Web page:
I’ve returned from a nice five day jaunt to the Windy City, and everything went off without a hitch. It was a completely relaxing experience, probably thanks largely to flying into Midway – pretty much the mirror opposite of every stop in O’Hare I’ve ever had, not to mention Parish’s recent visit. It was also my first real experience with winter – and while it’s an interesting concept, I can’t say I don’t prefer San Francisco’s wind breaker-optional version better.
[[image: ar_021009_la_01.jpg:Sometimes, when you’re out numbered, the best option is to leaf. Yeah.:right:0]]The trip came at an inconvenient time, games-wise, because the only thing portable I had to play was Dragon Quest IV, which is entirely too long to start with Retro Game Challenge and Dragon Quest V (the one I’ve been waiting for) right around the corner. Instead, I opted to get acquainted with an old friend: Link’s Awakening. A few very minor quibbles aside (I seem to spend more time in the menu switching items than I remember), it’s everything it was the first time I played it. Considering how old it is now – can you believe it came out fifteen years ago? – I’m astonished. I wasn’t expecting it to be simplistic, necessarily; rather, I had suspected nostalgia to smooth over some rough spots I’d forgiven in the name of portability, in the same way I can still enjoy Mario Land side-by-side with its superior brothers. That it stands shoulder-to-shoulder with the best of the series to this day is ridiculous.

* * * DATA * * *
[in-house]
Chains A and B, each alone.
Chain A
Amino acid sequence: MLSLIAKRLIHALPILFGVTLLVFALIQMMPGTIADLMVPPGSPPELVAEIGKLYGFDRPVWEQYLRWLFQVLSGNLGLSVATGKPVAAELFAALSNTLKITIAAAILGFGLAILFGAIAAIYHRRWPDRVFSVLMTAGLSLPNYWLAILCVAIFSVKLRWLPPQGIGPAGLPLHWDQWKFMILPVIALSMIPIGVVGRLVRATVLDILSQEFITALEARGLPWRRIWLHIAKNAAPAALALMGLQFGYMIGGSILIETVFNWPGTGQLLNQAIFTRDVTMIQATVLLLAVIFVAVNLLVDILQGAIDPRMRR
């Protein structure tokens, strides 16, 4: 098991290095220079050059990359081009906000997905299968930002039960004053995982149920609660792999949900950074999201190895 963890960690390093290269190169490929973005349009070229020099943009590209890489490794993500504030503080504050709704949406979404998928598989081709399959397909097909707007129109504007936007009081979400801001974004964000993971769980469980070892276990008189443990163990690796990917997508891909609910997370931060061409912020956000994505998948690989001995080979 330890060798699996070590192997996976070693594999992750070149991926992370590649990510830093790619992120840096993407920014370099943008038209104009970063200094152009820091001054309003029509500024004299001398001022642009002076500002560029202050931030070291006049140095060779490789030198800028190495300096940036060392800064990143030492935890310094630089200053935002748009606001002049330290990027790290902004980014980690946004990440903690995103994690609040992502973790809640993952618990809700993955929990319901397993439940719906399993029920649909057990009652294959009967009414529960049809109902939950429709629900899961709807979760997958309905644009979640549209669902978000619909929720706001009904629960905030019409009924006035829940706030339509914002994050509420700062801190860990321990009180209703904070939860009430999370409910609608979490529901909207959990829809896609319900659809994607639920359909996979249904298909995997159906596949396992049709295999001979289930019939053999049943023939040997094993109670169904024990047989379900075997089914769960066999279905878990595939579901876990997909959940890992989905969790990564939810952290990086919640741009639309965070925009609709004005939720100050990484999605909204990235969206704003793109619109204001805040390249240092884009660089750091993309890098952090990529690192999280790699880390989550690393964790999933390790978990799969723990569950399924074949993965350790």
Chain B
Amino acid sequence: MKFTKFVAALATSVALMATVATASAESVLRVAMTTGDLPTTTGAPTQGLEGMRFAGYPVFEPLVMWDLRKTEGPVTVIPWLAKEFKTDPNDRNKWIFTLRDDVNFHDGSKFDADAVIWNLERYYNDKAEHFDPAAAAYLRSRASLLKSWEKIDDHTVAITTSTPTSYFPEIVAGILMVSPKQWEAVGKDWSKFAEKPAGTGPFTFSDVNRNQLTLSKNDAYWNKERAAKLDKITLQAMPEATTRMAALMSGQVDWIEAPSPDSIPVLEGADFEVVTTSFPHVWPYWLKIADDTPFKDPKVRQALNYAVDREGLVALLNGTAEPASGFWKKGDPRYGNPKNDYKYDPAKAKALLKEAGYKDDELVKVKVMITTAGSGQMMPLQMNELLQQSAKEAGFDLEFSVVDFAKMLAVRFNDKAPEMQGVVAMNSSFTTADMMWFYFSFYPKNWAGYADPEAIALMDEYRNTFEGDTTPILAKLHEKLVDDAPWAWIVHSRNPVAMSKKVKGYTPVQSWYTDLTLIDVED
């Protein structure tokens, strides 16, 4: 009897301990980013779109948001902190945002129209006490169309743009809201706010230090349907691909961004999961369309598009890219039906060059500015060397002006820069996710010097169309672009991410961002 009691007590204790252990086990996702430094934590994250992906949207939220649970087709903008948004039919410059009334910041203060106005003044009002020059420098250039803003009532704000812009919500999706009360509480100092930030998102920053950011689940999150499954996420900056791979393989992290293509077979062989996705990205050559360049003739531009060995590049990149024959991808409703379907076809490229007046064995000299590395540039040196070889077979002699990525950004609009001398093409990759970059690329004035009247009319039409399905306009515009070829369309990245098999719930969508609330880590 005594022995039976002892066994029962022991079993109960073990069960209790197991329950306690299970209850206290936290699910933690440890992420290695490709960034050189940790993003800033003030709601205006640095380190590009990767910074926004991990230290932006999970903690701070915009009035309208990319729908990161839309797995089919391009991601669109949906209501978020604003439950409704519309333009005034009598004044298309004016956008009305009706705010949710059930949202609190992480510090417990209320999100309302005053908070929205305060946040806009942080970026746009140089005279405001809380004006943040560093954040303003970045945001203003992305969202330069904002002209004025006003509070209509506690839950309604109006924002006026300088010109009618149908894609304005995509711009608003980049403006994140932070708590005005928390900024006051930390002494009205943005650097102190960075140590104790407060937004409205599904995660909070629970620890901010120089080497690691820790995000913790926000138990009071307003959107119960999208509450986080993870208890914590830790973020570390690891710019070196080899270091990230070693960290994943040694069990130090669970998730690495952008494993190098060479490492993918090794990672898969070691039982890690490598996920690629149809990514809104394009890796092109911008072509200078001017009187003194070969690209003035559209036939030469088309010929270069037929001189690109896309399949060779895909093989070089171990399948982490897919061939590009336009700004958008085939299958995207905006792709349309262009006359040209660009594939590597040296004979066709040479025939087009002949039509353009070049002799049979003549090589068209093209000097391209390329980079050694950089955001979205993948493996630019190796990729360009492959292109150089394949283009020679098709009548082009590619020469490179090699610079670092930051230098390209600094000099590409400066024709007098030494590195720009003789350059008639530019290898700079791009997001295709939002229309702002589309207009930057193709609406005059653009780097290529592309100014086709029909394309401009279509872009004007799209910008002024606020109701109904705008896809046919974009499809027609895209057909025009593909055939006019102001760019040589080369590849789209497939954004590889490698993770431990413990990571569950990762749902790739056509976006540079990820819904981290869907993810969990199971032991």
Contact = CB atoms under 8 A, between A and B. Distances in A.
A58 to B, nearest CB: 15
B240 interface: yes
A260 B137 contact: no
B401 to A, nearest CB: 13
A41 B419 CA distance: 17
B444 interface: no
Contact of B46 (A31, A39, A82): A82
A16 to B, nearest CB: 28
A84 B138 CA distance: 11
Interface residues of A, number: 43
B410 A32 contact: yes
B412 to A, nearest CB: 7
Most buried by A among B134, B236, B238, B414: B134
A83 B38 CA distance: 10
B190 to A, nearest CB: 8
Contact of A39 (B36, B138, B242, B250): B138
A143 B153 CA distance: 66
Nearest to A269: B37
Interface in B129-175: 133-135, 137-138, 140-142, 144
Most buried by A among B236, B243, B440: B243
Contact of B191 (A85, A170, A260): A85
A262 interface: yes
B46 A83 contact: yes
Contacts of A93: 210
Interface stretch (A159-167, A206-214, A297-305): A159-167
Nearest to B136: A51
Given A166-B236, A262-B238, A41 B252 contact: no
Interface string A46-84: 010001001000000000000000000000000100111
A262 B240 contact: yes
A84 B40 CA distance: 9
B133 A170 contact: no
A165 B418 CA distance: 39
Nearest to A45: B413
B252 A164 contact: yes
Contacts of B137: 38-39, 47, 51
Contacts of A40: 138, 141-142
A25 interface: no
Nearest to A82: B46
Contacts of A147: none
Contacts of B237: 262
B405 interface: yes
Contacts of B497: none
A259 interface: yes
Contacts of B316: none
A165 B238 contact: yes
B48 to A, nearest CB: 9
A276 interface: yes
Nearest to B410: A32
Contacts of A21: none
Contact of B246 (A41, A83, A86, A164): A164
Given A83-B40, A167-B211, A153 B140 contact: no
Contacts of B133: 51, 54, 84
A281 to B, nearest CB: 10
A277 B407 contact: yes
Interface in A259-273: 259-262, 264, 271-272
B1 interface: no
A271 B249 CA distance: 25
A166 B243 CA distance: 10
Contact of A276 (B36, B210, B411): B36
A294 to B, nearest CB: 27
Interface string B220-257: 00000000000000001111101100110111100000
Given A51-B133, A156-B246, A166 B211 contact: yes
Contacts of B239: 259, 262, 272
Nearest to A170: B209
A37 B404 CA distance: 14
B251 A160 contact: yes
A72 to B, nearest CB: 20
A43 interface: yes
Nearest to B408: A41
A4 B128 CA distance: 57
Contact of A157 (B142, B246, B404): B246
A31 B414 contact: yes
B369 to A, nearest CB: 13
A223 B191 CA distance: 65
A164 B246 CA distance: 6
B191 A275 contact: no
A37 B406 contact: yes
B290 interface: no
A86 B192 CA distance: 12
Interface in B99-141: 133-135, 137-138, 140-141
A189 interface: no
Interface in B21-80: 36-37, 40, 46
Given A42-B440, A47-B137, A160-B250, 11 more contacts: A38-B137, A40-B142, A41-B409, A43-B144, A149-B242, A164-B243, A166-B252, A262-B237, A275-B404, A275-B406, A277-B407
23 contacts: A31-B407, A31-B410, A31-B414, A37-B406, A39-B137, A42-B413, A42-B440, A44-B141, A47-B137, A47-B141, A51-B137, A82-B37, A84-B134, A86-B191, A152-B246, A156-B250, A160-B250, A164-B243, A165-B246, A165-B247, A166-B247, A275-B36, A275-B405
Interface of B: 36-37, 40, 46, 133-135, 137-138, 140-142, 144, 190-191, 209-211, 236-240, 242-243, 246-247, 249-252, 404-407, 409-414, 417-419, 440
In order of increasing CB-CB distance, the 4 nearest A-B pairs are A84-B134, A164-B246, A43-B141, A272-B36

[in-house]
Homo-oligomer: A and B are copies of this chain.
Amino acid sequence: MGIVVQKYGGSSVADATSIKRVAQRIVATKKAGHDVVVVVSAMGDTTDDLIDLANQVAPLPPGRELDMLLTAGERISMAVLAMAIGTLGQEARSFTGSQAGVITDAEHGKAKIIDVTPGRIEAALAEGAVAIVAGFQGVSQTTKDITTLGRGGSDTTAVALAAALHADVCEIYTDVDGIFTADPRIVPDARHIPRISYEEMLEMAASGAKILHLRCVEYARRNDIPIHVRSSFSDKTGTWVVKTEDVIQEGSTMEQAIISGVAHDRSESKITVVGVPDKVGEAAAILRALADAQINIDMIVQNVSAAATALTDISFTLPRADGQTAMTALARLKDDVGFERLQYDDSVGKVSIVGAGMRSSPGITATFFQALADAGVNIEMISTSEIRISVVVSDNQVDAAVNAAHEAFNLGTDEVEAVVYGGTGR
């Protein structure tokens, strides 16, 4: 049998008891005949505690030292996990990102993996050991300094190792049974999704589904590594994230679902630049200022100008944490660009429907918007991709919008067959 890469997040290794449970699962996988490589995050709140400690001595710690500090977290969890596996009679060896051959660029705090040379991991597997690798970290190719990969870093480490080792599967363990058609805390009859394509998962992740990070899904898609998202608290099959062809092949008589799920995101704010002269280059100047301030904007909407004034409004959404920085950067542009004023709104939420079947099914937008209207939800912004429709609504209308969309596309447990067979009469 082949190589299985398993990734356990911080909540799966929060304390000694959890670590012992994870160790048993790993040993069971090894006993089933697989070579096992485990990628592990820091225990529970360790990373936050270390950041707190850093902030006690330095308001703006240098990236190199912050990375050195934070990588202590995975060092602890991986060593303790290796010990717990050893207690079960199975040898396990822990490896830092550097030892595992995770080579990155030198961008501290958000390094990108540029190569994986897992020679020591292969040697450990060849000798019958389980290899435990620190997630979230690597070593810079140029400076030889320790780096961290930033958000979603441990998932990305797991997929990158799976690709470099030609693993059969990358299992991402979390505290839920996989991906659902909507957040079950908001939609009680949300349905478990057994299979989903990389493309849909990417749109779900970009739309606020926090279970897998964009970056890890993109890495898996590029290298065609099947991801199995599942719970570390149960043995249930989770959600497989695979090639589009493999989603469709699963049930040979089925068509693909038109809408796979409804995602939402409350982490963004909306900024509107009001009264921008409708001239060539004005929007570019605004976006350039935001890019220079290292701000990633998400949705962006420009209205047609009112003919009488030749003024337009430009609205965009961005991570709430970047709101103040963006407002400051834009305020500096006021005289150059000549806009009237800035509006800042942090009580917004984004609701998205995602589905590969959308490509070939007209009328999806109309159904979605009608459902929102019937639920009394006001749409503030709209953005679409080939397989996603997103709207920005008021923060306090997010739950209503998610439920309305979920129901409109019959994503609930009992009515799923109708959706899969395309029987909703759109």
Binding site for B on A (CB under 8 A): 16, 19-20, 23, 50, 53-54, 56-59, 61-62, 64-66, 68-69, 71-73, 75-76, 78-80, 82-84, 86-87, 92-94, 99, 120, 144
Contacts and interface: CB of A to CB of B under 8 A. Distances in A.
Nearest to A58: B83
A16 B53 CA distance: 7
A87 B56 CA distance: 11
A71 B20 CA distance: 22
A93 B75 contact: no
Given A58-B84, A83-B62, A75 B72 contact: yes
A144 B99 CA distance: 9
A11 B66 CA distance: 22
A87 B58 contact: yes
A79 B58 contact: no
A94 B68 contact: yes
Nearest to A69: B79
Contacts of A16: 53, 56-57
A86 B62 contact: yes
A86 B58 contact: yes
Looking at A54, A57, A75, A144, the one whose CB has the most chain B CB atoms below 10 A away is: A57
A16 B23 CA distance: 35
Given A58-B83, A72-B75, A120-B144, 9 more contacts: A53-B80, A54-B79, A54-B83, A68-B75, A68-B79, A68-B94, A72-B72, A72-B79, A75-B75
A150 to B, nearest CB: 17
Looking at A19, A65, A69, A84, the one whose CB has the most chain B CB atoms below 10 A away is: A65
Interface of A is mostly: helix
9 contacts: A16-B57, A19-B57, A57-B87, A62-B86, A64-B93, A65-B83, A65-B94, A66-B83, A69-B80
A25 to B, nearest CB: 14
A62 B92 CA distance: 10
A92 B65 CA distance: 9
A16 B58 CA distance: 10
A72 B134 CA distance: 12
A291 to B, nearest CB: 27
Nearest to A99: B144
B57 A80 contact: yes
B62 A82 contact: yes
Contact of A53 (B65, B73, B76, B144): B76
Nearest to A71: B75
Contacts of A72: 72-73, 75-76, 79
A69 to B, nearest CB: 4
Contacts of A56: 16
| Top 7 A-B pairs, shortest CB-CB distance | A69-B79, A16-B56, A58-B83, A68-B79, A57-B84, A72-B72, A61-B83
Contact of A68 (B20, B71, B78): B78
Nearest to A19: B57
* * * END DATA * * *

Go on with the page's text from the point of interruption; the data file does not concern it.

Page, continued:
One asset that’s often overlooked about Link’s Awakening is how perfectly it embodies the ideal “portable Zelda”. Like every other Zelda on a handheld, I played Link’s Awakening the day it came out by sitting on our couch under a lamp, playing in long sessions until it was complete, and every replay since has been in a similar fashion. This time around, I played it between several distractions on the plane – naps, games of Fluxx – or whenever I had ten minutes to kill in those odd times between events that occur during vacation. To my surprise, finishing a dungeon (assuming I didn’t get stuck) wasn’t an impossible feat within those 15 minutes, and the “start from the last doorway you entered” save system was a great approximation (some might even call it a fun twist) of the “save anywhere” system that should be in every portable game. Couple that with the smart, very condensed world map, and you have a very bite-sized game, perfect for its platform, without compromising a single thing that makes it a proper Zelda game.
[[image: ar_021009_la_02.jpg:Play it again, Link.:left:0]]I’ll need to consult the other games next time I take a trip, but I don’t remember any being quite as portable-friendly as this game. Certainly Phantom Hourglass (the only other one I’ve played in recent memory) wasn’t; it felt more like the Gameboy Advance port of A Link to the Past, in that it was a full-fledged Zelda adventure and was smooshed onto the DS, only considering the platform as an after thought (kind of ironic, really, since that was Phantom Hourglass’ M.O.). I don’t necessarily mean to pan any other handheld entry; rather, I’m simply expressing how perfect the balance between “portable” and “Zelda” Nintendo’s initial attempt was. If nothing else, this really highlights the fact that Gameboy games need to be made available in an updated format, whether it be Dsiware or Virtual Console or whathaveyou. There’s a reason I still own a system to play these on.